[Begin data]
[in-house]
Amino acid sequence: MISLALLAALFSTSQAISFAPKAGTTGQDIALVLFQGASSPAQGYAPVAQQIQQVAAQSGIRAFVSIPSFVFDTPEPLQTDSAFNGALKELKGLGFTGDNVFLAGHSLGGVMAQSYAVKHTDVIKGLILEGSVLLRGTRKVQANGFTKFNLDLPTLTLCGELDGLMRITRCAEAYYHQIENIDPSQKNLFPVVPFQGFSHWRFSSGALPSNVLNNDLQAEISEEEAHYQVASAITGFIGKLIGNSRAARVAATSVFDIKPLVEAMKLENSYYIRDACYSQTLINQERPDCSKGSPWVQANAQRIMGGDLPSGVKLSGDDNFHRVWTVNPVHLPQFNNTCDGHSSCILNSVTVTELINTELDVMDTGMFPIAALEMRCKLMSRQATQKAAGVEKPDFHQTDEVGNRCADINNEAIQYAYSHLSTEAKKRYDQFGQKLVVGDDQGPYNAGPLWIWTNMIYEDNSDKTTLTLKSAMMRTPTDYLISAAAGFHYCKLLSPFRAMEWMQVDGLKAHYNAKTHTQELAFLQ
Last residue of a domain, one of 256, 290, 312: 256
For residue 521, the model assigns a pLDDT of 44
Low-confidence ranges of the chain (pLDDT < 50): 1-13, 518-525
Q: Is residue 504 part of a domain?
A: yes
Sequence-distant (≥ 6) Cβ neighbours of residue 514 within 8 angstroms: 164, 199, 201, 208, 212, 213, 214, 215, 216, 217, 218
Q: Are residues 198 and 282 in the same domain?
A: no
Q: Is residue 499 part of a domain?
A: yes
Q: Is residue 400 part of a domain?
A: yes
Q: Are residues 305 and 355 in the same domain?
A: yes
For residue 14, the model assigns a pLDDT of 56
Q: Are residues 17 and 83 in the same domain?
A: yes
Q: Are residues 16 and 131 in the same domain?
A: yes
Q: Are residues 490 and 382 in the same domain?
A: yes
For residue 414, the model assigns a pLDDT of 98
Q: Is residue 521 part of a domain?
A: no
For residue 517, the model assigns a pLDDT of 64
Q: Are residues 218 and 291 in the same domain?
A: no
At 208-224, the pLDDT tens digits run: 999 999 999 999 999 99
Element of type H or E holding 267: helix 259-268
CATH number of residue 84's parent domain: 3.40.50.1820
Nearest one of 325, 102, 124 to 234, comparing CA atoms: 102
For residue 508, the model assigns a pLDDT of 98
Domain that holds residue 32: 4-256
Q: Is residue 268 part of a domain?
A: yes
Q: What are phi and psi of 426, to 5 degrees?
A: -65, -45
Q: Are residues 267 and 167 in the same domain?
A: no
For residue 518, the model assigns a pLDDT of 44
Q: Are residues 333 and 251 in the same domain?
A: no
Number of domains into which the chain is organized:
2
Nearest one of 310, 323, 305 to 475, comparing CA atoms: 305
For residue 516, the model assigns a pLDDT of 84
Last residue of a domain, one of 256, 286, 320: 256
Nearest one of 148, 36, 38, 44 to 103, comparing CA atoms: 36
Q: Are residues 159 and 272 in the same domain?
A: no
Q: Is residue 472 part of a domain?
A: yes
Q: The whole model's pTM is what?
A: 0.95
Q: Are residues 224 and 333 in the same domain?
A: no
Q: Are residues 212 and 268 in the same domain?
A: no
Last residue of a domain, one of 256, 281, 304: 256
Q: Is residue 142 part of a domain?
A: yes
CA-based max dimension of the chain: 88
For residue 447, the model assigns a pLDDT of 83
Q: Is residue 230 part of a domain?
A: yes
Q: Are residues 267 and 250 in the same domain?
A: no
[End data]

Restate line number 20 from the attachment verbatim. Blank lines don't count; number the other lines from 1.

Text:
Q: Are residues 16 and 131 in the same domain?